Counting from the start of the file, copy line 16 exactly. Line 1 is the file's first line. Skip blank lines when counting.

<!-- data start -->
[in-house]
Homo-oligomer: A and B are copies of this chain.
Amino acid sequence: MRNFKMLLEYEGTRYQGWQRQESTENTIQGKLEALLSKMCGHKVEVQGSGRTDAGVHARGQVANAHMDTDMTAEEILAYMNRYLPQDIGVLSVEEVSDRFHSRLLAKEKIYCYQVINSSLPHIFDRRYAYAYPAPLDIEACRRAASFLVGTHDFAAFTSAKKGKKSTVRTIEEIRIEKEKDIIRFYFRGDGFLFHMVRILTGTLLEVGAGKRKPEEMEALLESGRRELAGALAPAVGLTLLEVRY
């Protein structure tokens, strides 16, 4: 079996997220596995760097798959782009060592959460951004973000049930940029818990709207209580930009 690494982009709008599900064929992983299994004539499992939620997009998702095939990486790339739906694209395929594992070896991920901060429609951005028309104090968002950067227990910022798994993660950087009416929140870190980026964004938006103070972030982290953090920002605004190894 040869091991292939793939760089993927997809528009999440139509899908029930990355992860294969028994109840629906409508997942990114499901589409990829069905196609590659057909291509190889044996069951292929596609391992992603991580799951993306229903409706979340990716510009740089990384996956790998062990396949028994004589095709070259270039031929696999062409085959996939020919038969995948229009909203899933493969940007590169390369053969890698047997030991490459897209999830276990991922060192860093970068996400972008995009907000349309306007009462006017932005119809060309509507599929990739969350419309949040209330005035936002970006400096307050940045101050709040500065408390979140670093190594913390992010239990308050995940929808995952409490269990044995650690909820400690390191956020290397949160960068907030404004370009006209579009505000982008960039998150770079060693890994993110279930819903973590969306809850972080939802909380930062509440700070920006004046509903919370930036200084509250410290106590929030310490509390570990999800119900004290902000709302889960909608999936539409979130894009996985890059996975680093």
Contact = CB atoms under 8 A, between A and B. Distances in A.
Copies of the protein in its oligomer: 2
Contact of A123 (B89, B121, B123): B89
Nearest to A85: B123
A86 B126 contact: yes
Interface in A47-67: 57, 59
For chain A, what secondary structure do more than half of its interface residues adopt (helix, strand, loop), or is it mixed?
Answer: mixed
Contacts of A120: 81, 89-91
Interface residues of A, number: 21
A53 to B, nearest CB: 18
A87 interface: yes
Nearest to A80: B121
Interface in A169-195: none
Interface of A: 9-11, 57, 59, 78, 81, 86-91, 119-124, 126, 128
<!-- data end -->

A87 interface: yes